First Impressions ~ June 2008
Industrial parks/commercial areas
Is there a defined area where manufacturing industries could easily
locate/expand? If so, please describe.
There is an existing industrial park. Given Clarksdale’s location within a
rural landscape, we would assume that there is plenty of land available for
Clarksdale, Mississippi
First Impressions ~ June 2008
Health care services
Comment on the availability and apparent quality of hospitals and
emergency medical services.
There appeared to be sufficient health care services in the community,
and most of them were conveniently located in one area of town. The
hospital looked like it was fairly new, and there were several large,
independent medical practices close to it. The only negative in this area was
the abundance of run-down apartments near the entrance of the hospital.
Comment on the availability and condition of facilities for physician,
dentist, optometrist, and other medical care.
There appeared to be sufficient health care services in the community.
The facilities varied in size and location, and appeared to support citizens
from all walks of life.
What long-term care services, assisted living or nursing facilities exist in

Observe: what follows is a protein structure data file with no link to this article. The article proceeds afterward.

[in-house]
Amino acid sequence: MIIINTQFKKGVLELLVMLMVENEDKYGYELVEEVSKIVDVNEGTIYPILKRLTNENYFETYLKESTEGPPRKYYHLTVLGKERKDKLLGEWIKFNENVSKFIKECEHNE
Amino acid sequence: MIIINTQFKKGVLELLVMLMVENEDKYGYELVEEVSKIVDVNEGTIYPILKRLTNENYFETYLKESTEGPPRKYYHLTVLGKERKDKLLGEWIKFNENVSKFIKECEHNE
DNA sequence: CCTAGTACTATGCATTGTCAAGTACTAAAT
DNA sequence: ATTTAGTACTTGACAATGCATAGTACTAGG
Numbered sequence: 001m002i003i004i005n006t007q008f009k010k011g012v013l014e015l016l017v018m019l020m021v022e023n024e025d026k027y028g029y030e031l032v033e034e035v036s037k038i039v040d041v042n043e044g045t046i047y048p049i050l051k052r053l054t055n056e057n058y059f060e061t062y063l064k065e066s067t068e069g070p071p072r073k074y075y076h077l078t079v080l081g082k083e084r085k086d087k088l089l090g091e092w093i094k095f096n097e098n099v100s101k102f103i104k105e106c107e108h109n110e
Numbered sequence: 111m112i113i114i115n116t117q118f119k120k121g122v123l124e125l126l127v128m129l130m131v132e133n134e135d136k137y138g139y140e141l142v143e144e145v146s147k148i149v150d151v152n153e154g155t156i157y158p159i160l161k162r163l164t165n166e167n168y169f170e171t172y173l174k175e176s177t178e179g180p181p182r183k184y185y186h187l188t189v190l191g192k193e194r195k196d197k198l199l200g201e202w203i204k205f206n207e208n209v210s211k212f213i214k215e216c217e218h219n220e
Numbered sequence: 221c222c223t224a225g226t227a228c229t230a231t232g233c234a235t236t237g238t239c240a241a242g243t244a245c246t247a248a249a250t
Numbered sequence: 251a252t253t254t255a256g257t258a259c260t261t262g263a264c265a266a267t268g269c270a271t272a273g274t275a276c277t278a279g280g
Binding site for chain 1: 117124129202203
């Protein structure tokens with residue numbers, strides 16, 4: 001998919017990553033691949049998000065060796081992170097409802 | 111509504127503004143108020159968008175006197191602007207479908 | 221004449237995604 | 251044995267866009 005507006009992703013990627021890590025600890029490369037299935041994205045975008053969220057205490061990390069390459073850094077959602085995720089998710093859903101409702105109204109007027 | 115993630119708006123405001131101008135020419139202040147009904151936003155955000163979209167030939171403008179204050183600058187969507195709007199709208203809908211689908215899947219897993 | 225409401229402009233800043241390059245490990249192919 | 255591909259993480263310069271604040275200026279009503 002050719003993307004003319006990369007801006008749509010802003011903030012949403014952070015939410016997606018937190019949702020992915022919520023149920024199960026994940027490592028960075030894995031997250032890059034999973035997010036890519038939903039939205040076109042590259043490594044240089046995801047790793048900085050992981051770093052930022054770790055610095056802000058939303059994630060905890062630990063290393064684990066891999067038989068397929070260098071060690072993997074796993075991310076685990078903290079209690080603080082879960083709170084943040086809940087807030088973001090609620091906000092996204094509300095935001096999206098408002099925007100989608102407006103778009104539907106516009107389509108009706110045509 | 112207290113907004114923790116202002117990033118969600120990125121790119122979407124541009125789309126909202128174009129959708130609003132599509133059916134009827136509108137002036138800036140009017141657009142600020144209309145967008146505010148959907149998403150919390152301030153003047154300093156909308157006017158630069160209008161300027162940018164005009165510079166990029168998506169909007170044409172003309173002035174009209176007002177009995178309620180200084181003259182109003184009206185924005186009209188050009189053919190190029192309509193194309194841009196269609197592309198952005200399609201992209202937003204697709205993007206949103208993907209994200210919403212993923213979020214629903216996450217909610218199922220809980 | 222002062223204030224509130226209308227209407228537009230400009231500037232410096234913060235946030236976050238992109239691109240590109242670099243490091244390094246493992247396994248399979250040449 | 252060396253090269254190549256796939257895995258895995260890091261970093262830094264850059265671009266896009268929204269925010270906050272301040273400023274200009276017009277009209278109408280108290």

the community?
One nursing home and one hospice care facility was observed near the
location of the hospital.
Clarksdale, Mississippi
First Impressions ~ June 2008
Give a brief description of the existing mix of housing stock. Does the local
market have housing that would appeal to all income ranges? What challenges
do you see in regards to finding acceptable housing? (Neighborhoods, size,
properties for sale)
There appeared to be an acceptable mixture of housing stock within the
community. We observed an eclectic mix of older plantation-style homes in addition
to ranch-style housing from the ’70s and ’80s. Many of the neighborhoods seemed
to be well-maintained and there were not many abandoned houses in the area.
Most of the housing consisted of single family homes, but there were some
subsidized apartment complexes. Apparently, the former Woolworth building is
being renovated to include apartments. A movement toward offering downtown
housing will drastically change the downtown area. There are good examples of